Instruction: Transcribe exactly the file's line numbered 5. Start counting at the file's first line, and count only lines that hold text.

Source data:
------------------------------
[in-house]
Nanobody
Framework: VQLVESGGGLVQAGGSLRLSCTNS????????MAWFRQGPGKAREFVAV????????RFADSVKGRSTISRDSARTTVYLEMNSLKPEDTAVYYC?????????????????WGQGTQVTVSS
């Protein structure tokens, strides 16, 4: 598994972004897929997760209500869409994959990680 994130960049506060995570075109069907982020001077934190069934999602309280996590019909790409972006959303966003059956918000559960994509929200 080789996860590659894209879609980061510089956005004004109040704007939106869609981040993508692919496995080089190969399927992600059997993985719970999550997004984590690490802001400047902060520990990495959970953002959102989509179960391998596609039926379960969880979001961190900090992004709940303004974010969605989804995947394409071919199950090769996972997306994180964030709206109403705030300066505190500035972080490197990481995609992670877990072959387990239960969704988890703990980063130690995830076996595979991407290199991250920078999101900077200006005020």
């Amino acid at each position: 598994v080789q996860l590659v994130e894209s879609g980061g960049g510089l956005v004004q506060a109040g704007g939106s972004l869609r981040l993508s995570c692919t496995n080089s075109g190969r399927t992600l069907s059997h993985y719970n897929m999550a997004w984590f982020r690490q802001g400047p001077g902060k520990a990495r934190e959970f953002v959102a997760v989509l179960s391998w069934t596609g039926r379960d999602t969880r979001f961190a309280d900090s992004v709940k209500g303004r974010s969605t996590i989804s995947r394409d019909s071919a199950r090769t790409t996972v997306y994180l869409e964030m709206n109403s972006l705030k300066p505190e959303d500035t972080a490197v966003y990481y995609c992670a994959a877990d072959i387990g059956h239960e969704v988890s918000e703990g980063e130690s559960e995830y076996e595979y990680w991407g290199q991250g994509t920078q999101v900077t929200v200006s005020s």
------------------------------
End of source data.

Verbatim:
């Amino acid at each position: 598994v080789q996860l590659v994130e894209s879609g980061g960049g510089l956005v004004q506060a109040g704007g939106s972004l869609r981040l993508s995570c692919t496995n080089s075109g190969r399927t992600l069907s059997h993985y719970n897929m999550a997004w984590f982020r690490q802001g400047p001077g902060k520990a990495r934190e959970f953002v959102a997760v989509l179960s391998w069934t596609g039926r379960d999602t969880r979001f961190a309280d900090s992004v709940k209500g303004r974010s969605t996590i989804s995947r394409d019909s071919a199950r090769t790409t996972v997306y994180l869409e964030m709206n109403s972006l705030k300066p505190e959303d500035t972080a490197v966003y990481y995609c992670a994959a877990d072959i387990g059956h239960e969704v988890s918000e703990g980063e130690s559960e995830y076996e595979y990680w991407g290199q991250g994509t920078q999101v900077t929200v200006s005020s």